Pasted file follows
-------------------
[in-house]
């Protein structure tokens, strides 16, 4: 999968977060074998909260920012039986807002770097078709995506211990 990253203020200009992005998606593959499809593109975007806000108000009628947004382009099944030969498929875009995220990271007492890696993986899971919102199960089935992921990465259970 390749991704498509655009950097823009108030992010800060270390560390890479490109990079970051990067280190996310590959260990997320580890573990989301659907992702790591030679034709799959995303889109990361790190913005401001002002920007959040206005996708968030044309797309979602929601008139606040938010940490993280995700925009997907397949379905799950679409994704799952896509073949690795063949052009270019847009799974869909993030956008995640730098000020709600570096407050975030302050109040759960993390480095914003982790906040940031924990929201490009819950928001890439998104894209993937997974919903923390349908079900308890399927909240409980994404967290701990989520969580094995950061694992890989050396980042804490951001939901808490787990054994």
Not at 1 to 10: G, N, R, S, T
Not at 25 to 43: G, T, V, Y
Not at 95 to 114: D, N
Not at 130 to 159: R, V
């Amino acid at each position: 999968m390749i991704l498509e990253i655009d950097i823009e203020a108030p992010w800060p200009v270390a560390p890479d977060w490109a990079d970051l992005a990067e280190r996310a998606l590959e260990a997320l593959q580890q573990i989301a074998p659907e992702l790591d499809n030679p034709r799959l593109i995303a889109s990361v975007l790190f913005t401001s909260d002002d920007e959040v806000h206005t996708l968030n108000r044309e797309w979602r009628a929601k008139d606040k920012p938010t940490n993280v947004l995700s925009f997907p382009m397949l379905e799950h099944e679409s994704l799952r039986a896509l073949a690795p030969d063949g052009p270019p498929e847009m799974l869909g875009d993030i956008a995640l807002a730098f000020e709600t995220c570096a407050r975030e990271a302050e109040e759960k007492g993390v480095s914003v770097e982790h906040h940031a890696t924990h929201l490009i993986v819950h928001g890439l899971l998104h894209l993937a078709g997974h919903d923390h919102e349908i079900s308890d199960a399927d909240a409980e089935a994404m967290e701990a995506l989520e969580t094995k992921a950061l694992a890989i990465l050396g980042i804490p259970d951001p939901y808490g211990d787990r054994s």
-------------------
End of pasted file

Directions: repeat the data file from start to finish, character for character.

[in-house]
């Protein structure tokens, strides 16, 4: 999968977060074998909260920012039986807002770097078709995506211990 990253203020200009992005998606593959499809593109975007806000108000009628947004382009099944030969498929875009995220990271007492890696993986899971919102199960089935992921990465259970 390749991704498509655009950097823009108030992010800060270390560390890479490109990079970051990067280190996310590959260990997320580890573990989301659907992702790591030679034709799959995303889109990361790190913005401001002002920007959040206005996708968030044309797309979602929601008139606040938010940490993280995700925009997907397949379905799950679409994704799952896509073949690795063949052009270019847009799974869909993030956008995640730098000020709600570096407050975030302050109040759960993390480095914003982790906040940031924990929201490009819950928001890439998104894209993937997974919903923390349908079900308890399927909240409980994404967290701990989520969580094995950061694992890989050396980042804490951001939901808490787990054994």
Not at 1 to 10: G, N, R, S, T
Not at 25 to 43: G, T, V, Y
Not at 95 to 114: D, N
Not at 130 to 159: R, V
């Amino acid at each position: 999968m390749i991704l498509e990253i655009d950097i823009e203020a108030p992010w800060p200009v270390a560390p890479d977060w490109a990079d970051l992005a990067e280190r996310a998606l590959e260990a997320l593959q580890q573990i989301a074998p659907e992702l790591d499809n030679p034709r799959l593109i995303a889109s990361v975007l790190f913005t401001s909260d002002d920007e959040v806000h206005t996708l968030n108000r044309e797309w979602r009628a929601k008139d606040k920012p938010t940490n993280v947004l995700s925009f997907p382009m397949l379905e799950h099944e679409s994704l799952r039986a896509l073949a690795p030969d063949g052009p270019p498929e847009m799974l869909g875009d993030i956008a995640l807002a730098f000020e709600t995220c570096a407050r975030e990271a302050e109040e759960k007492g993390v480095s914003v770097e982790h906040h940031a890696t924990h929201l490009i993986v819950h928001g890439l899971l998104h894209l993937a078709g997974h919903d923390h919102e349908i079900s308890d199960a399927d909240a409980e089935a994404m967290e701990a995506l989520e969580t094995k992921a950061l694992a890989i990465l050396g980042i804490p259970d951001p939901y808490g211990d787990r054994s």